Operation Thunderbolt: Flight 139 and the Raid on Entebbe Airport
By Saul David
(Hodder and Stoughton pp. 446, 20 pounds)
In 1976 Palestinian Arabs from a splinter group of the Popular Front for the Liberation of Palestine (PFLP) and German far leftists from the Revolutionäre Zellen hijacked an Air France Airbus with nearly 250 passengers on a flight from Athens to Paris. The aircraft finally landed at Entebbe, Uganda and the fate of the passengers depended on the unfathomable madness of Idi Amin – the self-styled ‘president of all-Africa’. Some of the hostages were released while the Israelis and several identifiable Jews were retained. The Israelis flew four Hercules C-130s, containing an assault force, thousands of miles to Entebbe, killed the hijackers and rescued all bar three of the hostages. At the time this remarkable action enthralled people the world over and the military historian, Saul David now tells the story once more in a well-researched highly readable account.
Israel’s victory in the Six Day war in 1967 coincided with the rise of Palestinian nationalism. While Yasser Arafat headed the nationalist Fatah, his Christian Marxist rivals, George Habash and his deputy, Wadie Haddad, of the PFLP instigated a spate of hijackings of civilian airliners to draw the world’s attention to the fate of the Palestinians. While Arafat soon realised that acts of terror did not always further the Palestinian cause and in parallel began to tread a diplomatic path, the PFLP as a pan-Arab, anti-imperialist group, submerged in Marxism-Leninism, did not. Its various splinter groups were even more hardline. Common cause was made with revolutionary groups such as the Japanese Red Army and the Baader-Meinhof gang.
They had attempted to shoot down an El Al airliner at Orly airport in January 1975. The two German hijackers at Entebbe endorsed this approach and as Saul David remarks, led a double life and were ‘after-work terrorists’. Wilfried Bӧse separated the Israelis from the rest of the passengers, according to their passports together with those Jews who either dressed in an ultra-orthodox style or who had pre-ordered kosher food on the aircraft. For many, this stirred up subterranean flashbacks to the concentration camps, ‘the selekzia’ – those who would live and those who would enter the gas chambers. When some passengers engaged Bӧse, he argued that they were not born-again Nazis, they were merely anti-Zionist and not anti-Semitic. Yet the Israelis just happened to be Jews too. Pointedly David mentions the effect that this incident had on the former German Foreign Minister, Joschka Fischer who had been involved in the revolutionary Left in the early 1970s. The very notion of German leftists blindly imitating their fascist opponents of an earlier era was too much. He turned his back on his past and followed a different political path.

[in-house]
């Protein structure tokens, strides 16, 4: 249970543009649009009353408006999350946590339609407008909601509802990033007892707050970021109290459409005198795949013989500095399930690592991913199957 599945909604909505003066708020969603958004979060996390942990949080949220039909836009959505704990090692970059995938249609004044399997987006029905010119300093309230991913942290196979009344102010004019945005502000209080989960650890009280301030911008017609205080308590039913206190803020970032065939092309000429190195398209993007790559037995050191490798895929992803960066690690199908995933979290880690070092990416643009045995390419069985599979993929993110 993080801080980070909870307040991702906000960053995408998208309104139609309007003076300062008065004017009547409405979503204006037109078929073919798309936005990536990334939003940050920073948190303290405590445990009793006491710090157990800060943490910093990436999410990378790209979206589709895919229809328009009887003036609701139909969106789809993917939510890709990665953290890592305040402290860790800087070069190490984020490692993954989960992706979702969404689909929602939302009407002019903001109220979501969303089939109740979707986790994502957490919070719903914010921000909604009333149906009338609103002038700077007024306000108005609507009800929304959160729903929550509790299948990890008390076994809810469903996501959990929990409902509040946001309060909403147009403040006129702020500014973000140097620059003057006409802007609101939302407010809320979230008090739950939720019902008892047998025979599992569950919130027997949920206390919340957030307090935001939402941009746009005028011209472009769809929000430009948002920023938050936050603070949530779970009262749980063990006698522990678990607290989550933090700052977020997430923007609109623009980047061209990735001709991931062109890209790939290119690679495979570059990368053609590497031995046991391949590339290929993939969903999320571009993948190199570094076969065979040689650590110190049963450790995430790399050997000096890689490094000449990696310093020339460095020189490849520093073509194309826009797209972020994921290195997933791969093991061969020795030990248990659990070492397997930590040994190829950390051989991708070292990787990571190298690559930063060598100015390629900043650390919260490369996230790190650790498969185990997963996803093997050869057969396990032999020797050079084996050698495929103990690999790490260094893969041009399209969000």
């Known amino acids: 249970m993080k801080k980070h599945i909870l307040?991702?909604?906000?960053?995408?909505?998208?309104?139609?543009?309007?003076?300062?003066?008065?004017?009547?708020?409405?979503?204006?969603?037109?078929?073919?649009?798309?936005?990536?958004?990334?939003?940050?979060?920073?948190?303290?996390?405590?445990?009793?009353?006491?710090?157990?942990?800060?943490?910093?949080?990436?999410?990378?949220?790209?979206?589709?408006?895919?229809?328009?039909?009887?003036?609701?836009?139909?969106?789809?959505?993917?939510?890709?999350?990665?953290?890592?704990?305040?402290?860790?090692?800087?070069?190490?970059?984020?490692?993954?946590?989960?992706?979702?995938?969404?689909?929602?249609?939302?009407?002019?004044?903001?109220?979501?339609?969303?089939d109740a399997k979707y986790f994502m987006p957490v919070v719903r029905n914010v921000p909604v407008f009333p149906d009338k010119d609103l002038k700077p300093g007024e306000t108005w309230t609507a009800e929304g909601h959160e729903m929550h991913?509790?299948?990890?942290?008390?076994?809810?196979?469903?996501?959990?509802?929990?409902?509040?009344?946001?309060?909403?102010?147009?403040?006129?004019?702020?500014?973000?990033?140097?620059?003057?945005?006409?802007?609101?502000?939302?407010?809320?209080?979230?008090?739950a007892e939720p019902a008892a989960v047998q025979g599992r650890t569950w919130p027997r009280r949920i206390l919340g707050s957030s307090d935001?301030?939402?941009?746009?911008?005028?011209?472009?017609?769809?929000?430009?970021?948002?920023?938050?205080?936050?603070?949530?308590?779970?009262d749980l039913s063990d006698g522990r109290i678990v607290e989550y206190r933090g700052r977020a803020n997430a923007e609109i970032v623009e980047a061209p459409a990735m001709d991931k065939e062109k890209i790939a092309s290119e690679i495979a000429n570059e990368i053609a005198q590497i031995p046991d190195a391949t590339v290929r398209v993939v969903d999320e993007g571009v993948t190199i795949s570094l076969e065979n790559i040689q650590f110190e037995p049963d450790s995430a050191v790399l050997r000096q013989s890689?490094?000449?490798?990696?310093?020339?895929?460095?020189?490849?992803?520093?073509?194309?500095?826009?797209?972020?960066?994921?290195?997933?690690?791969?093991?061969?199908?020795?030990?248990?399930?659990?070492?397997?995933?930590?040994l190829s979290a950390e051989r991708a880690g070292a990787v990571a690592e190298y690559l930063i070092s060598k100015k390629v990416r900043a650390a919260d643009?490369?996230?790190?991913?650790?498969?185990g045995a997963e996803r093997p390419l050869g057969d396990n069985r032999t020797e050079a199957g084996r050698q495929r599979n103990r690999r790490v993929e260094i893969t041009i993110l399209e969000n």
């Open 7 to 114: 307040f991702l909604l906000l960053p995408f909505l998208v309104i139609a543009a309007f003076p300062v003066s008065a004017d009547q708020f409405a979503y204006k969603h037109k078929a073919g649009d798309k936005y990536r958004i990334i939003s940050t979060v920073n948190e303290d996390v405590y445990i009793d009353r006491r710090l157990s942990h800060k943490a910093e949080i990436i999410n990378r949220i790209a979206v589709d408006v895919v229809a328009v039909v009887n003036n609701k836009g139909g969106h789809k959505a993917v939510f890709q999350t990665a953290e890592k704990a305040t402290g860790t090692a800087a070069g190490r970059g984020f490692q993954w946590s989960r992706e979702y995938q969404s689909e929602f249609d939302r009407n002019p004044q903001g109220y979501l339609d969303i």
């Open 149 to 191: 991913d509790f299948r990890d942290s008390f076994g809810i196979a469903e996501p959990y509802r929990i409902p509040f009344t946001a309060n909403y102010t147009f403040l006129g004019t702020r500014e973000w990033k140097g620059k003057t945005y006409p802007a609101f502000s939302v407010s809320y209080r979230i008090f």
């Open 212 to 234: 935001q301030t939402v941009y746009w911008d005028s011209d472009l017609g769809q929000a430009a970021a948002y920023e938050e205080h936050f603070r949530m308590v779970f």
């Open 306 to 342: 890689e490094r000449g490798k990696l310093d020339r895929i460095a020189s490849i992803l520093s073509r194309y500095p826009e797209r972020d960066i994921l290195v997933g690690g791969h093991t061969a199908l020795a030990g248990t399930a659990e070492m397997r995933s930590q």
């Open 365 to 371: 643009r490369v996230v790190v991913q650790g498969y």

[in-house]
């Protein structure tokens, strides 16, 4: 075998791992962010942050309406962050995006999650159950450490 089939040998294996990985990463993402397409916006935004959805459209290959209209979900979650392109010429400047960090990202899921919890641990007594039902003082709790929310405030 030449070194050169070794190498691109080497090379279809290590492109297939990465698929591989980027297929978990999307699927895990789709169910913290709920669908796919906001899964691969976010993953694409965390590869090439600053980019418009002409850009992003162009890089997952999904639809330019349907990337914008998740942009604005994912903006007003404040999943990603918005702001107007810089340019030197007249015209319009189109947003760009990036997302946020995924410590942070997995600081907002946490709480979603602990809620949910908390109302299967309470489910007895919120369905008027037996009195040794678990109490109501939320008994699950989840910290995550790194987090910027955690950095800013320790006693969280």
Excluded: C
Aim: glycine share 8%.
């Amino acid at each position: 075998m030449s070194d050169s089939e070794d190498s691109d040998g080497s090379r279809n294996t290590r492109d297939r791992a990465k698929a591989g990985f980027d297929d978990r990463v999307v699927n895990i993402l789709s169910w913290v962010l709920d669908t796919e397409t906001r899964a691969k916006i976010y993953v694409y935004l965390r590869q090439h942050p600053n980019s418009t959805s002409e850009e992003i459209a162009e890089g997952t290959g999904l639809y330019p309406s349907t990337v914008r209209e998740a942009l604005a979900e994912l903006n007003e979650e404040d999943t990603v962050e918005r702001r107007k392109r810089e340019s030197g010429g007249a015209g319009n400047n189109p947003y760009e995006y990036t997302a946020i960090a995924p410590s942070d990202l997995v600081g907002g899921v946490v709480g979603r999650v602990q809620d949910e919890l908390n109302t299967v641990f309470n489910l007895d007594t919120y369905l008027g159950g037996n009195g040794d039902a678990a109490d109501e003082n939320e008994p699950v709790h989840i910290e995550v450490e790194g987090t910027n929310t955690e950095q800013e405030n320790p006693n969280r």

The hijackers’ demands were centred on securing the release of over 50 prisoners in numerous countries including Kozo Okamoto, one of those responsible for the massacre of passengers – mainly Puerto Rican pilgrims – at Israel’s Lod airport. The Jews, they argued, were ‘an alien people’ planted on the soil of Palestine by western imperialism. They should be expelled and ‘a socialist secularist democracy’ established. If their demands were not met, the aircraft with its passengers inside would be blown up.
Idi Amin, as private protector of the hijackers and puffed-up public mediator on behalf of the hostages, was no figure of fun. Yet in the midst of all this, in a truly Orwellian episode, he instructed the airport’s duty free to be opened and that the hostages should queue in an orderly fashion to purchase their holiday gifts. Following the rescue, Amin sought revenge by killing the air traffic controllers, ethnic Kenyans – Kenya had allowed the Hercules to refuel at Nairobi, following a secret understanding – and the hospitalised Dora Bloch, the only passenger who had been left behind. Bloch, a 74 year old grandmother who was in poor health carried both British and Israeli passports.
The military option was originally deemed to be non-existent and the possibility of negotiations was entertained. When a last-minute plan was formulated, the idea of an ongoing dialogue served as a cover. Shimon Peres, then Israeli Minister of Defence, argued strenuously that if Haddad won, then this would open the way for similar incidents. As David records, after Entebbe, the hijacking of civilian aircraft virtually stopped and western governments refused to give way to the demands of those who held civilian hostages.
David paints a vivid portrait of the commander of the assault force, Yoni Netanyahu, the brother of Israel’s current prime minister. Netanyahu paused momentarily in open ground at Entebbe before the rescue and was hit in the chest by a Ugandan sniper. He was the sole casualty of the Israeli military force. His family had long supported the Revisionist movement, the precursor of the Israeli Right. Yet Menachem Begin’s Irgun was never ‘the paramilitary wing of the Revisionists’ as Saul David states. In fact, the Irgun – as a political party, Herut – stood against the Revisionists in the first Israeli election in January 1949.
David records that Israel was subsequently accused of ‘unprecedented aggression’ by the Organisation of African Unity. The Soviet Union labelled the Israeli rescue as ‘the latest act of piracy’ while the US was distinctly unhappy that American aircraft had been used. The rescued hostages and their families undoubtedly thought differently.
Times Literary Supplement 23 October 2015